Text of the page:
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Precondition removed for Georgia-EU visa waiver

By Gvantsa Gabekhadze
Friday, December 9
The European Parliament and the Council of Europe have agreed on the Suspension Mechanism, which was a key precondition for Georgia and Ukraine to be granted visa liberalisation in the EU’s Schengen Zone.

The suspension mechanism allows each EU member state to request the European Commission to temporarily suspend the visa waiver for nationals of a certain country in specific circumstances including a substantial and sudden increase in the number of irregular migrants, unfounded asylum requests or rejected readmission applications.

Georgia’s Ambassador to the EU, Natalie Sabanadze, says the major topic that needed to be agreed was the term an EU Member State could address the Mechanism without the involvement of the European Parliament.

The Ambassador highlighted that the EU structures managed to agree on a nine-month term.

The agreement now needs to be finally approved at the European Parliament’s plenary session, which will supposedly take place next week.

If the European Parliament confirms the agreement, the Parliament will also vote for Georgia and Ukraine visa liberalisation.

Member of the European Parliament Kati Piri tweeted late on December 7 about achieving the agreement and stressed Georgia’s and Ukraine’s visa liberalisation would also be voted on next week.

The EU Enlargement and Neighbourhood Policy Commissioner, Johannes Hahn, welcomed the agreement, as without it, granting visa-free travel to Georgia and Ukraine would be delayed.

"I welcome the agreement on the suspension mechanism. I urge the Council of Europe and the European Parliament to make a decision as soon as possible,” Hahn said.

Both the ruling team and the opposition in Georgia welcomed the signing of the agreement.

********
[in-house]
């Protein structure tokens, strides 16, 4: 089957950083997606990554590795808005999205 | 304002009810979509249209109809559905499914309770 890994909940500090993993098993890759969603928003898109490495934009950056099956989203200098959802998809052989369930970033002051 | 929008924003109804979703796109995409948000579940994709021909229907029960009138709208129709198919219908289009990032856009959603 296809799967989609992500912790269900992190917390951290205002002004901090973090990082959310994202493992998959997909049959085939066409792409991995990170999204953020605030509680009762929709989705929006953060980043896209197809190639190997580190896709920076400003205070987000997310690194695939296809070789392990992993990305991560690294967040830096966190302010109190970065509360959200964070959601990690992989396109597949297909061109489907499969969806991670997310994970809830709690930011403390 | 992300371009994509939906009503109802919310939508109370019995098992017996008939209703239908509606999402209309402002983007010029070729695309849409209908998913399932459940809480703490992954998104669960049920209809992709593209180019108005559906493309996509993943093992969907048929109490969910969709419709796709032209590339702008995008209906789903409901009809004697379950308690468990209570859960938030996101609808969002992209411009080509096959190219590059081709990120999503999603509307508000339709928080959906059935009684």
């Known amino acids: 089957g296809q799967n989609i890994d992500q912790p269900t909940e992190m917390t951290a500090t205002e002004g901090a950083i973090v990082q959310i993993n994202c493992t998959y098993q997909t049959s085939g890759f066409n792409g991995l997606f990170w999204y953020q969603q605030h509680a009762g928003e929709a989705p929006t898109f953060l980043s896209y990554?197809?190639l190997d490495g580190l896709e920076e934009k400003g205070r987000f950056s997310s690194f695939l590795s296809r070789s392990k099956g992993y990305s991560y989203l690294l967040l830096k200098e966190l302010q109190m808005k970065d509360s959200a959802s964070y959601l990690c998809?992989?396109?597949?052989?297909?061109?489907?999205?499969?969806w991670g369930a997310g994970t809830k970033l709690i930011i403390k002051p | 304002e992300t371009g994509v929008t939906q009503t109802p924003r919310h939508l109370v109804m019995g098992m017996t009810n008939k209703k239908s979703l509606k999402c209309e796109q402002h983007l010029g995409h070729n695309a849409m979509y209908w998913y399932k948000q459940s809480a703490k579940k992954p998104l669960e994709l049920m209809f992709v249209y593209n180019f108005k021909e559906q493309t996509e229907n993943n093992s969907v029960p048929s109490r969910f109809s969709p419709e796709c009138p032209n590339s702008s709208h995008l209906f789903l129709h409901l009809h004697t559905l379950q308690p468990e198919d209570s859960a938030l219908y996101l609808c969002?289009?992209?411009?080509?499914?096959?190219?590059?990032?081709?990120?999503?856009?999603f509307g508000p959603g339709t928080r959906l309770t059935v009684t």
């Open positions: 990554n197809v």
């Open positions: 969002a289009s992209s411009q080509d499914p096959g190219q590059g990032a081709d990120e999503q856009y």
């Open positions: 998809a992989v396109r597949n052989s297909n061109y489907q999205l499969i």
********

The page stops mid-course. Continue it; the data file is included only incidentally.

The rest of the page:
Vice Parliament Speaker Tamar Chugoshvili highlighted it was “very positive news” that actually signified a green light for the citizens of Georgia to travel visa-free to the EU.

Majority member Zviad Kvachantiradze said he thought until the New Year Georgia would be granted visa liberalisation.

Energy Minister Kakhi Kaladze praised the current ruling team, as well as the previous authorities, for their efforts designed towards the successful implementation of the reforms aimed at earning Georgians visa-free travel.

Zurab Tchiaberashvili from the United National Movement opposition - the party which ran Georgia between 2003-2012 - stressed the agreement was “welcomed” by his party, as the contributions of the United National Movement in the process were “huge”.

If Georgia is granted visa liberalisation, Georgian citizens will be able to enter the EU without a visa for 90 days in any 180-day period, provided they hold a biometric passport.

The visa waiver applies to the Schengen area, which includes all EU member states except Ireland, plus Iceland, Liechtenstein, Norway and Switzerland.

The United Kingdom also did not belong to the Schengen Zone until it made the decision to leave the European Union earlier this year.